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United States v. Saunders

United States District Court, W.D. Virginia, Roanoke Division

March 11, 2019

UNITED STATES OF AMERICA
v.
RONALD LEE SAUNDERS, Defendant.

          MEMORANDUM OPINION

          HON GLEN E. CONRAD, SENIOR UNITED STATES DISTRICT JUDGE

         Defendant Ronald Lee Saunders, through counsel, has filed a motion for reduction of sentence pursuant to the First Step Act of 2018. The motion has been briefed and is ripe for review. For the following reasons, the court will grant the defendant's motion.

         On April 23, 2009, a grand jury in the Western District of Virginia returned a one-count indictment against the defendant. The indictment charged the defendant with distribution of more than five grams of a mixture or substance containing cocaine base, in violation of 21 U.S.C. § 841(a)(1) and (b)(1)(B). The defendant entered a plea of guilty on July 10, 2009. Based on the amount of cocaine base charged in the indictment, the defendant faced a mandatory term of imprisonment of five to 40 years under existing law. See 21 U.S.C. § 841(b)(1)(B) (2006).

         The defendant appeared for sentencing on October 15, 2009. At that time, the court adopted the presentence report prepared by the United States Probation Office, which designated the defendant as a career offender. That designation, coupled with the "offense statutory maximum," resulted in a base offense level of 34 under the United States Sentencing Guidelines ("U.S.S.G."). See U.S.S.G § 4B1.1(b). With a three-level reduction for acceptance of responsibility and a criminal history category of VI, the defendant's guideline range was 188 to 235 months' imprisonment. The court departed downward by two levels to a total offense level of 29, which resulted in a post-departure range of 151 to 188 months. The court ultimately imposed a mid-range term of imprisonment of 164 months, to be followed by a five-year term of supervised release.

         The parties agree that the defendant is now eligible for a sentence reduction under the newly-enacted First Step Act of 2018. Section 404 of the First Step Act permits the court to retroactively apply the statutory penalties modified by the Fair Sentencing Act of 2010. See First Step Act of 2018, Pub. L., No. 115-391, § 404, 132 Stat. 5194 (enacted Dec. 21, 2018); see also 18 U.S.C. § 3582(c)(1)(B) (authorizing courts to modify a sentence of imprisonment "to the extent otherwise expressly permitted by statute"). Section 404 provides that "[a] court that imposed a sentence for a covered offense may, on motion of the defendant, ... impose a reduced sentence as if sections 2 and 3 of the Fair Sentencing Act of 2010 (Public Law 111-220; 124 Stat. 2372) were in effect at the time the covered offense was committed." Pub. L. No. 115- 391, § 404(b). The Act defines a "covered offense" as "a violation of a Federal criminal statute, the statutory penalties of which were modified by section 2 or 3 of the Fair Sentencing Act of 2010 (Public Law 111-220; 124 Stat. 2372), that was committed before August 3, 2010." Id. § 404(a).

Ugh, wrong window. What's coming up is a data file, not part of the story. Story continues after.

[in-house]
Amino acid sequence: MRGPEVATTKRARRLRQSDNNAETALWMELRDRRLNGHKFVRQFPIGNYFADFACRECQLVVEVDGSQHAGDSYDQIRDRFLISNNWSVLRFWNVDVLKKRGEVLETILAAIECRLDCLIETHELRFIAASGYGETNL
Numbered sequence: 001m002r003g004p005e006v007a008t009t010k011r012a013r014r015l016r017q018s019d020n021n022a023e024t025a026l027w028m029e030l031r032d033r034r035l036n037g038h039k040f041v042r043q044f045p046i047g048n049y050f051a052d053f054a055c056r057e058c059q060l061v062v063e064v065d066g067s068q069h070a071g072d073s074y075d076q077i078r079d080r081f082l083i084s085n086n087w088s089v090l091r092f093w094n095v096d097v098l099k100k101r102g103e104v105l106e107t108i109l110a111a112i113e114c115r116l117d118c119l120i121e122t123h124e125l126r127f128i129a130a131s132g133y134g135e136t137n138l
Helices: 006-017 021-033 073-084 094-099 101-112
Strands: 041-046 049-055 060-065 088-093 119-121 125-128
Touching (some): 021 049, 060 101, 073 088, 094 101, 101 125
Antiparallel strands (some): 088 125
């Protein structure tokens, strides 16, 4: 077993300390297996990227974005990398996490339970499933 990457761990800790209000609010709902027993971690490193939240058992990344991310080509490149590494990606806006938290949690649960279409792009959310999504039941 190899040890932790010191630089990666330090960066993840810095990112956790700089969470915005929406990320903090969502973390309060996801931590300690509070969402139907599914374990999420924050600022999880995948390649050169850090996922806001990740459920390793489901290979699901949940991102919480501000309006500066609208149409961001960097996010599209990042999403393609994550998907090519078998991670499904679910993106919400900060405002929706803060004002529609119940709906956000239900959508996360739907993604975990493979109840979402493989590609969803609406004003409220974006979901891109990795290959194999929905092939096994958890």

In this case, it is undisputed that the defendant's offense of conviction is a "covered offense" for purposes of the First Step Act. The offense was committed before August 3, 2010, and the applicable statutory penalties were modified by section 2 of the Fair Sentencing Act, which "reduced the statutory penalties for cocaine base offenses" in order to "alleviate the severe sentencing disparity between crack and powder cocaine." United States v. Peters, 843 F.3d 572, 575 (4th Cir. 2016) (citing Fair Sentencing Act of 2010, § 2, Pub. L. No. 111-220, 124 Stat. 2372, 2373 (codified at 21 U.S.C. § 841(2012))). As relevant in the instant case, section 2 of the Fair Sentencing Act increased the amount of cocaine base required to trigger the statutory penalties set forth in § 841(b)(1)(B) from five grams to 28 grams. See Pub. L. No. 111-220, § 2(a)(1), 124 Stat. at 2372; see also 21 U.S.C. § 841(b)(1)(B) (2012). Accordingly, the court is authorized to "impose a reduced sentence as if [section 2] were in effect at the time the covered offense was committed." 115 Pub. L. 391, § 404(b).

         When the Fair Sentencing Act is retroactively applied in the defendant's case, the statutory sentencing range for the defendant's offense is up to 20 years' imprisonment and at least three years of supervised release, based on the quantity of cocaine base charged in the indictment. See 21 U.S.C. § 841(b)(1)(C) (2012) (setting forth the statutory penalties applicable to offenses involving less than 28 grams of a mixture or substance containing cocaine base). The guideline range of imprisonment that now applies in the defendant's case, based on a statutory maximum sentence of 20 years, is 151 to 188 months.

         Upon review of the record, the court agrees with the parties that a sentence reduction is warranted in the defendant's case and that a comparable departure from the new guideline range is appropriate. Specifically, after considering the parties' arguments and the sentencing factors set forth in 18 U.S.C. § 3553(a), and in order to maintain consistency with the relief afforded in similar cases, the court will reduce the defendant's term of imprisonment to 132 months, but not less than time served. [*] All other terms of the original sentence will remain the same.

         The Clerk is directed to send copies of this memorandum opinion and the accompanying order to the defendant, all counsel of record, the United States Probation Office, and the United States Marshals Service, for delivery to the Bureau of Prisons.

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Notes:

[*] The court has been advised that the defendant has already served approximately 117 ...


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